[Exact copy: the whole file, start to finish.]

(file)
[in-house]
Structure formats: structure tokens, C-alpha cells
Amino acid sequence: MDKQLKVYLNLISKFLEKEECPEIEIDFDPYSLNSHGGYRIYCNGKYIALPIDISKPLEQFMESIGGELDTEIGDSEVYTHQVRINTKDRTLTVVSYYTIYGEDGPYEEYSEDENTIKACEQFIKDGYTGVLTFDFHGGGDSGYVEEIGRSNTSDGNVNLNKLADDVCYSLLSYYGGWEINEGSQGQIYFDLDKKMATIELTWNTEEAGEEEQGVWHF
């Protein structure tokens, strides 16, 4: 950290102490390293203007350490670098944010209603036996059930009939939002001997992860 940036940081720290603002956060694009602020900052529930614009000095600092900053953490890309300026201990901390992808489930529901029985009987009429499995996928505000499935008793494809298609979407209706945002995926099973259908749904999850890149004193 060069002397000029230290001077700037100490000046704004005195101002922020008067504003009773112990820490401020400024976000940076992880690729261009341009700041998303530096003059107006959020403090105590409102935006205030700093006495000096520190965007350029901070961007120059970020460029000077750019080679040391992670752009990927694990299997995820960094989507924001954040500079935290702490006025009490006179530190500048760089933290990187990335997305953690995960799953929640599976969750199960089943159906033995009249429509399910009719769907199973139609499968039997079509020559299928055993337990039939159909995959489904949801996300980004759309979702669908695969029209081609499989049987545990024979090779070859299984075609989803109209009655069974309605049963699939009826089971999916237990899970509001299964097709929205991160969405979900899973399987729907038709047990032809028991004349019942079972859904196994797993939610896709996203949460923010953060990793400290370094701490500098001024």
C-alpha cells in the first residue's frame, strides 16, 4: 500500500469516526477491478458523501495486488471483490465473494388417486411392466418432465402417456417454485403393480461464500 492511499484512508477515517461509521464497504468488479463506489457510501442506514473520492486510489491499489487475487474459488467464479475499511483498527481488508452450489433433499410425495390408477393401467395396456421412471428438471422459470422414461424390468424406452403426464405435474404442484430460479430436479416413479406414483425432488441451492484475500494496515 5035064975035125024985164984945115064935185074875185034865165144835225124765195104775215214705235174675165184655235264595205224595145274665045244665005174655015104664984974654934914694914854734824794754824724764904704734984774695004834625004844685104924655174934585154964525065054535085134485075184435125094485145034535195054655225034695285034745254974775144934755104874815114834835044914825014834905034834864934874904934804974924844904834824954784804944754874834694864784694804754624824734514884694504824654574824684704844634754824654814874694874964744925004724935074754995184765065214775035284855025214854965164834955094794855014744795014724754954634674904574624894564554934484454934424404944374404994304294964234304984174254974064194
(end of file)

[in-house]
Structure formats: structure tokens, C-alpha cells
Amino acid sequence: MDKQLKVYLNLISKFLEKEECPEIEIDFDPYSLNSHGGYRIYCNGKYIALPIDISKPLEQFMESIGGELDTEIGDSEVYTHQVRINTKDRTLTVVSYYTIYGEDGPYEEYSEDENTIKACEQFIKDGYTGVLTFDFHGGGDSGYVEEIGRSNTSDGNVNLNKLADDVCYSLLSYYGGWEINEGSQGQIYFDLDKKMATIELTWNTEEAGEEEQGVWHF
């Protein structure tokens, strides 16, 4: 950290102490390293203007350490670098944010209603036996059930009939939002001997992860 940036940081720290603002956060694009602020900052529930614009000095600092900053953490890309300026201990901390992808489930529901029985009987009429499995996928505000499935008793494809298609979407209706945002995926099973259908749904999850890149004193 060069002397000029230290001077700037100490000046704004005195101002922020008067504003009773112990820490401020400024976000940076992880690729261009341009700041998303530096003059107006959020403090105590409102935006205030700093006495000096520190965007350029901070961007120059970020460029000077750019080679040391992670752009990927694990299997995820960094989507924001954040500079935290702490006025009490006179530190500048760089933290990187990335997305953690995960799953929640599976969750199960089943159906033995009249429509399910009719769907199973139609499968039997079509020559299928055993337990039939159909995959489904949801996300980004759309979702669908695969029209081609499989049987545990024979090779070859299984075609989803109209009655069974309605049963699939009826089971999916237990899970509001299964097709929205991160969405979900899973399987729907038709047990032809028991004349019942079972859904196994797993939610896709996203949460923010953060990793400290370094701490500098001024």
C-alpha cells in the first residue's frame, strides 16, 4: 500500500469516526477491478458523501495486488471483490465473494388417486411392466418432465402417456417454485403393480461464500 492511499484512508477515517461509521464497504468488479463506489457510501442506514473520492486510489491499489487475487474459488467464479475499511483498527481488508452450489433433499410425495390408477393401467395396456421412471428438471422459470422414461424390468424406452403426464405435474404442484430460479430436479416413479406414483425432488441451492484475500494496515 5035064975035125024985164984945115064935185074875185034865165144835225124765195104775215214705235174675165184655235264595205224595145274665045244665005174655015104664984974654934914694914854734824794754824724764904704734984774695004834625004844685104924655174934585154964525065054535085134485075184435125094485145034535195054655225034695285034745254974775144934755104874815114834835044914825014834905034834864934874904934804974924844904834824954784804944754874834694864784694804754624824734514884694504824654574824684704844634754824654814874694874964744925004724935074754995184765065214775035284855025214854965164834955094794855014744795014724754954634674904574624894564554934484454934424404944374404994304294964234304984174254974064194